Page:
Discover (in advance)
• “Re-research” the position, organization, & industry Refresh memory on items such as the position description, the organization (your unit and overall), corporate culture, financials, personnel, work, politics, and norms. What are the key business strengths, weaknesses, opportunities, and threats (SWOT)? Know key issues within the industry. Research online presences of people. Organize a database to track this information.
• “Level set” with your manager If you know who your manager will be, contact him/her to thank for the opportunity, express how energized you are to start ,and further discuss about your orientation training, roles, responsibilities, and expectations. Among the conversation items at this meeting:
o Asking what you can do to prepare between now and when you begin your position
o Understanding boss’s key priorities and your performance objectives
o Identifying any immediate challenges you will face in the position
o Inquiring about the key people you should meet with prior to beginning
• Develop an “entry strategy” Enable solid relationship building on the first day you start in the position. This is a great time to start building your internal network. If possible, obtain a copy of the orientation program and an organization chart to avoid duplications when setting up entry tactics. Attempt to contact and / or set up meetings with those your boss recommended and with whom you will be working in your functional area. This should be done in purposeful order versus starting at the top or making random contacts.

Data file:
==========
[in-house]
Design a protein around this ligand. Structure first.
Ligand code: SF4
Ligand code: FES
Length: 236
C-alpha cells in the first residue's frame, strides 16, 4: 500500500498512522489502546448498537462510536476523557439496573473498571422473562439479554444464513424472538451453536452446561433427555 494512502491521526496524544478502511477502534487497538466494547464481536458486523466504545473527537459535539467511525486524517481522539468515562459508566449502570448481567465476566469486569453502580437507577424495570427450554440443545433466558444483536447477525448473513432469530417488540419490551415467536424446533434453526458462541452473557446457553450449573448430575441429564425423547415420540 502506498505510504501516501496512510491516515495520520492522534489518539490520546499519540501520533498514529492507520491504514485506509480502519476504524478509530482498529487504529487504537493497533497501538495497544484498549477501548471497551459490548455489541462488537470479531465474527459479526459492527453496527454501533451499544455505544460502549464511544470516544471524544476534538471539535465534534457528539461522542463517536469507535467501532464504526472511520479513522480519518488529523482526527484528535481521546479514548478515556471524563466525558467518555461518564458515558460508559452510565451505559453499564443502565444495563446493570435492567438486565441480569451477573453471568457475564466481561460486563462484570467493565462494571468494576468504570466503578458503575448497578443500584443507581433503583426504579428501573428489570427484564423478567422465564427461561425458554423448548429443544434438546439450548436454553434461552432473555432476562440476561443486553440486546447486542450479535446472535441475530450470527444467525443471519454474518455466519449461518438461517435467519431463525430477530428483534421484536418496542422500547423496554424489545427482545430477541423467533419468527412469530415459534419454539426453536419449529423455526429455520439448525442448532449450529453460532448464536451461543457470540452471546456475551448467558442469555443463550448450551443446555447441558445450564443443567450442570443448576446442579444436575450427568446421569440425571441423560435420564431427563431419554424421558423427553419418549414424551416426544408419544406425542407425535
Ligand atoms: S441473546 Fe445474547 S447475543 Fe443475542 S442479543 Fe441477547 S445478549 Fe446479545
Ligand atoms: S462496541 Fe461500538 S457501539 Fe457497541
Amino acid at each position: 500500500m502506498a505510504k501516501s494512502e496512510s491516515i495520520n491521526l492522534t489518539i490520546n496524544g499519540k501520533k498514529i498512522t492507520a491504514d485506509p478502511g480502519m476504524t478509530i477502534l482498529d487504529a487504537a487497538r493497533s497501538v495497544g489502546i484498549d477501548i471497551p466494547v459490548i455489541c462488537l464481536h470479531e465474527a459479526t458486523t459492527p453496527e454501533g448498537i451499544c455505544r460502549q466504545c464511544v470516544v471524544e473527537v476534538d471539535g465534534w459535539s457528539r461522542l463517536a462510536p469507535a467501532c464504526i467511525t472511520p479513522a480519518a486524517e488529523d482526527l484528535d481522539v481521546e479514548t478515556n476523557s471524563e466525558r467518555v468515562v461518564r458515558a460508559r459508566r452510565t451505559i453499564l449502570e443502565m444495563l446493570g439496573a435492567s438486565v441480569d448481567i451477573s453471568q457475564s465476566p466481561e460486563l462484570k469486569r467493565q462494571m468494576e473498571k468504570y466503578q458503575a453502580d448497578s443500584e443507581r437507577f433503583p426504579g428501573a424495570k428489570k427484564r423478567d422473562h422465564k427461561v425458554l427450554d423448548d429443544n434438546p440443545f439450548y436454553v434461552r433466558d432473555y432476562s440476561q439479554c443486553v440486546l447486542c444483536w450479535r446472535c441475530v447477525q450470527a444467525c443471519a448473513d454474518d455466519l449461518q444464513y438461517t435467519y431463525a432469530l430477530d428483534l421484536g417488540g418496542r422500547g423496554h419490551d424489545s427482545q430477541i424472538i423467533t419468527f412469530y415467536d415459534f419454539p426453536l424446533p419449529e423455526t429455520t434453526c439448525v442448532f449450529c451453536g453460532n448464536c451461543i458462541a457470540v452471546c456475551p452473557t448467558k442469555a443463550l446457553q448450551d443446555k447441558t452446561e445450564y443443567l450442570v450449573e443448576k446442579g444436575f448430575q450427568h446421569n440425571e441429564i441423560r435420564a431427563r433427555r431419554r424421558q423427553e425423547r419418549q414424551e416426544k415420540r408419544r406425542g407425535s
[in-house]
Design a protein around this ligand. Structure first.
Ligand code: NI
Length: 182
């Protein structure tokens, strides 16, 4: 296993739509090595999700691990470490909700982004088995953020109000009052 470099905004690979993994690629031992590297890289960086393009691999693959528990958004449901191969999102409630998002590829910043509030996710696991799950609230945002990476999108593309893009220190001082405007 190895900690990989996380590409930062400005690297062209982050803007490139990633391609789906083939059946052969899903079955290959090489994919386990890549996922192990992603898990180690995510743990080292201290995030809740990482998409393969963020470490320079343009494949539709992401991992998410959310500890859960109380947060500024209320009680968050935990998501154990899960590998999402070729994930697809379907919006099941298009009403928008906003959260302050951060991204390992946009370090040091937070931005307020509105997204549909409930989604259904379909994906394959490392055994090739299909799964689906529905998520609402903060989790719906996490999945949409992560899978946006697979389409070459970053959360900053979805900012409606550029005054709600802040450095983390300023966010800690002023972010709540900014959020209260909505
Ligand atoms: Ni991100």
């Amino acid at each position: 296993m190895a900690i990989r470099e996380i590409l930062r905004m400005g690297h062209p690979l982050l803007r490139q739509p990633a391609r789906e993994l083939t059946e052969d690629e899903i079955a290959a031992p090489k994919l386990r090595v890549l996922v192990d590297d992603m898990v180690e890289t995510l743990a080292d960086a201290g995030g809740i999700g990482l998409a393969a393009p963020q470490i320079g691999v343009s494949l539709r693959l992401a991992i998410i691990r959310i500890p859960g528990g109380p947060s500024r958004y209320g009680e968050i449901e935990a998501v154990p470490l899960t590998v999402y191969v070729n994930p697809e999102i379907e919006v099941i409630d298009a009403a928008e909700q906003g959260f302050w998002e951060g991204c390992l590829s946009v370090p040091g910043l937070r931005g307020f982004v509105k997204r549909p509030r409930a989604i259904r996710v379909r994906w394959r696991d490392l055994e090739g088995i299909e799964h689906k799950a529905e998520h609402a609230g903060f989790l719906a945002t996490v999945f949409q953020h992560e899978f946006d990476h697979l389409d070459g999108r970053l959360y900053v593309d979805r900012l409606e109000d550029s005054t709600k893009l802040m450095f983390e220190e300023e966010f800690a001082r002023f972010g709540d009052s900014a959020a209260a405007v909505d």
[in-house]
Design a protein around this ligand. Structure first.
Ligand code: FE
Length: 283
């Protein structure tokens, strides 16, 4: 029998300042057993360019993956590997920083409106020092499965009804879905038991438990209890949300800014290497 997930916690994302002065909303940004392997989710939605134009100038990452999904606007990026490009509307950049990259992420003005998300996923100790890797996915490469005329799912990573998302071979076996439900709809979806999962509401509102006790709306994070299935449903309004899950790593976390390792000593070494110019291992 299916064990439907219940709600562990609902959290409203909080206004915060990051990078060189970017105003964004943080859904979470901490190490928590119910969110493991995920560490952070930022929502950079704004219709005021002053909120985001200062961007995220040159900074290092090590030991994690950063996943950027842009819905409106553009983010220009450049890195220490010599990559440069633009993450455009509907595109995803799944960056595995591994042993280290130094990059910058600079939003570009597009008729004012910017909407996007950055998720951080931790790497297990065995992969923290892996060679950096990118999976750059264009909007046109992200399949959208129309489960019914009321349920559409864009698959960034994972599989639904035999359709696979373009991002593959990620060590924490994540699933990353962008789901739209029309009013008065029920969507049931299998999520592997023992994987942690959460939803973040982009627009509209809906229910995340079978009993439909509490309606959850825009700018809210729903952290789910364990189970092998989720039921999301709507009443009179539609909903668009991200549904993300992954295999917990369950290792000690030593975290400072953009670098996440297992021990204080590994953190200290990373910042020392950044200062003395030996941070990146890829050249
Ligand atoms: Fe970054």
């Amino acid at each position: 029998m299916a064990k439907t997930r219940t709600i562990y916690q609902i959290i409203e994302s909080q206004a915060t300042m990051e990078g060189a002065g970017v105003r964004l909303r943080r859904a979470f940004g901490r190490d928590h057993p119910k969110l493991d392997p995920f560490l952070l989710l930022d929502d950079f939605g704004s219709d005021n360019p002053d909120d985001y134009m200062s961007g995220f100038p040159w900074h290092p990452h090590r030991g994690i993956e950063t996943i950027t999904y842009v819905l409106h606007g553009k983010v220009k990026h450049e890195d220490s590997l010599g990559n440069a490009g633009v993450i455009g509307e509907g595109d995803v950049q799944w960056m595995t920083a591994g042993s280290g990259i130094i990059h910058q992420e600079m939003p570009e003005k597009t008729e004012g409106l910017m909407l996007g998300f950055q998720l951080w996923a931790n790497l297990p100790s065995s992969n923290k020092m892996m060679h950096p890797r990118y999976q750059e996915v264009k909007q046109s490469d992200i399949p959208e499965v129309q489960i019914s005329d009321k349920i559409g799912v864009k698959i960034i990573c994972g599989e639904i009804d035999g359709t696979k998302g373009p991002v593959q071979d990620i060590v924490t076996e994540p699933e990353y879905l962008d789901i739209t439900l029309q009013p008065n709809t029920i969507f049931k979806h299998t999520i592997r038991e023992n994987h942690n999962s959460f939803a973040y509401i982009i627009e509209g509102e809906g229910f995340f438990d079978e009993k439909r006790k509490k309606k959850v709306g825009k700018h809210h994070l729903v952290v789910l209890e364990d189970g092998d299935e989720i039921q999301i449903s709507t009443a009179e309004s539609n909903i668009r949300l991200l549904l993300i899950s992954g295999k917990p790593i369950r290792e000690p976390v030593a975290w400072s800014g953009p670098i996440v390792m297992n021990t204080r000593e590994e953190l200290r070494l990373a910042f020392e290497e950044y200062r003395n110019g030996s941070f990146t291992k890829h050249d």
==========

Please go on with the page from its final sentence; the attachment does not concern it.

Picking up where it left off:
• Establish a solid work “reputation” Display a positive attitude and energy. Demonstrate effectiveness and efficiency early on. Focus on “early impact projects” to achieve significant positive feedback. Write and present professionally. Show your passion. Stay current on developments in your industry and profession.
• Do a “superior job” Ask for clarity on scope, help, and feedback. When you first start a role, it’s not only acceptable but expected to ask questions. Frame your suggestions or ideas as enhancements rather than criticisms. Provide periodic updates on the progress of projects. Over communicating is generally preferred to no communication.
•Know your “elevator story” Particularly include what you want people in the company to know about you. Be able to expand or contract that story as time allots.
• Build your “brand” Schedule meetings, coffees, and meals with as many people INDIVIDUALLY as you can. Develop your network from the first day on-ward. Set a number per week as a specific goal. Prepare some professional development, informational interview, current events type questions. Listening skills are important to demonstrate. Be likeable through asking questions about them as much or more than you talk about yourself. Be respectful of time. Dress professionally. Smile.
• Find a “sponsor” This senior alliance’s influence can help you throughout your career while supplementing your mentor(s).
• Maintain “career momentum” Stay energized in your career—including revisiting your interests, skills,and values to make sure they are still aligned with your career path.